Burger rating – 3.5/5 – Like many here, this burger is more than the sum of its parts.

The deets

This restaurant is in the base of the Roosevelt Hotel, 7000 Hollywood Boulevard, Los Angeles. You can’t miss it -we walked in on a busy Saturday afternoon and got a booth to ourselves.

Marlowe, 500 Brannan Street, San Francisco

 

Outstanding burger in lovely restaurant in SoMA.

Burger source

My first night in SFO (ever) for a business trip, and US colleague Rene booked us into Marlowe – also on the top three favourite restaurant list of my AirBNB host. Awesome start.

Other than billing the burger as one of the most popular in the city (well marketed by my French bartender), there’s little detail on the meat’s origins, burger style, etc. on the menu. An enigma! Exciting.

The order

Whilst there was a Sunday special that swapped bacon for porcini mushrooms and added gem lettuce and pickles for crunch and tang… I opted for the standard Marlowe burger for the experience. It comes with caramelized onions, cheddar, bacon, horseradish aioli and what looked like fresh cut herb fries. The burger itself – my charming French waiter repeatedly advised – was cooked medium rare… and was I OK with that? Heck, yeah.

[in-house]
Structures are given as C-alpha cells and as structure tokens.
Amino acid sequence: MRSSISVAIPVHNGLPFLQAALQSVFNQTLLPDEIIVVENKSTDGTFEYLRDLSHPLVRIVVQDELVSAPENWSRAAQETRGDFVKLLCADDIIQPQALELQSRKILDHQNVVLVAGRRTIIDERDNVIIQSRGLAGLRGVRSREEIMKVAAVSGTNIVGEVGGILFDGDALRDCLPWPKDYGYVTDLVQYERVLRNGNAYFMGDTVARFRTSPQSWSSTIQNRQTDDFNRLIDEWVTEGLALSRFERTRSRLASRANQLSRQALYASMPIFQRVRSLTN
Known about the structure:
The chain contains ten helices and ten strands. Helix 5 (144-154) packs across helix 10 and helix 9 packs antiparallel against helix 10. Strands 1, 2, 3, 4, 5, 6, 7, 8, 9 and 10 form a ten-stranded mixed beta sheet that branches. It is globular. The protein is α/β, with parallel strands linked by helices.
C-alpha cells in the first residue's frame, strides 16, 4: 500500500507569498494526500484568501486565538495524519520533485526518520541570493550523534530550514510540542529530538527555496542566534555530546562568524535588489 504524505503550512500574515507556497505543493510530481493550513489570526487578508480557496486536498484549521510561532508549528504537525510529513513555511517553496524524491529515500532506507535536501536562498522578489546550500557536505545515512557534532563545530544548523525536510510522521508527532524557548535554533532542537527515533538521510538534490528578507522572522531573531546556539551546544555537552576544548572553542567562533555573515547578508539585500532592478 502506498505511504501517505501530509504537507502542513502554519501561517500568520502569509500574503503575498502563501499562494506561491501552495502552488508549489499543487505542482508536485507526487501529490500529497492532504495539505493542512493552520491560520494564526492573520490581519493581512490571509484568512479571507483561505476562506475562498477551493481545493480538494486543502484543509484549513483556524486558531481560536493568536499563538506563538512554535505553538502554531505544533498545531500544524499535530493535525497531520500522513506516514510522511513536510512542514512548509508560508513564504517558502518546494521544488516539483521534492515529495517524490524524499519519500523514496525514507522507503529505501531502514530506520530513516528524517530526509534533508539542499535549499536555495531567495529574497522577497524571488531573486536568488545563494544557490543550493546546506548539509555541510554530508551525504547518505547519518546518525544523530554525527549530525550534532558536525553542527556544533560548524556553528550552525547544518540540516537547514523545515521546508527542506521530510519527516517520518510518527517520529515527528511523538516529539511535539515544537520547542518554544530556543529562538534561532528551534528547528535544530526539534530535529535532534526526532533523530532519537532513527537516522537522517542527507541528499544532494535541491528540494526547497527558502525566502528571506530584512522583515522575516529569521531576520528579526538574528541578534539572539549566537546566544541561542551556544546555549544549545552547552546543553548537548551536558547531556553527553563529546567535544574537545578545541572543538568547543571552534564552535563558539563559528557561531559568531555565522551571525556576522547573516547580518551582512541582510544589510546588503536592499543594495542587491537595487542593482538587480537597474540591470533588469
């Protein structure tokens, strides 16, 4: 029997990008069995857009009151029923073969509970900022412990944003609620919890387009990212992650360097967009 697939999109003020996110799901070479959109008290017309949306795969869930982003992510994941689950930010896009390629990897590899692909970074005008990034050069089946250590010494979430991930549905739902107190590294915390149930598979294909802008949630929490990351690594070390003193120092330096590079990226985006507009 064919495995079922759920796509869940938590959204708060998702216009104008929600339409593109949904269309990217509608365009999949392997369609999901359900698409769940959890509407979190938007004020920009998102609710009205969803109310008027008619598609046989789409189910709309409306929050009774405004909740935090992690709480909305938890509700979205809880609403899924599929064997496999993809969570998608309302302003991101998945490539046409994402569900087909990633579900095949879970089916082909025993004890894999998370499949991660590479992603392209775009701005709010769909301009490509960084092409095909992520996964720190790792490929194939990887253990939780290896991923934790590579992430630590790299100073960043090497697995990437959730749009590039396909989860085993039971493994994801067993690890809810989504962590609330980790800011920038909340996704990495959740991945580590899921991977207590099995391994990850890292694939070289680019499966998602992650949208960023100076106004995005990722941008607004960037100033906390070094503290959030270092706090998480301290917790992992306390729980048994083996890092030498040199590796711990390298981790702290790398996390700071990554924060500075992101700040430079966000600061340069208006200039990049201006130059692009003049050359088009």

The meat of it

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The burger is a ~6oz affair, with a soft-ish white roll well coated with horseradish aioli, and with the patty topped with the onions, crisp fresh lettuce, mega-crispy streaky bacon and super melty cheddar. The “medium rare” looked somewhat medium to me, but no complaints there. The lean/fat ratio was 80/20 according to my French gourmand, so it wasn’t overly juicy but moist enough. The aioli made it somewhat slippery in the stack, and it was somewhat hard to handle. That said; the meat was coarse ground and loosely packed, making for a tender bite and an amazing amount of umami. The crisp bacon and lettuce adds a nice textural contrast and the aioli adds to the meat’s juiciness to take the edge off a slightly too-firm-for-my-taste burger bun. The onions added a little sweetness to the whole thing. The overall impact was excellent, although I must admit, I ate the second half with my cutlery rather than by hand…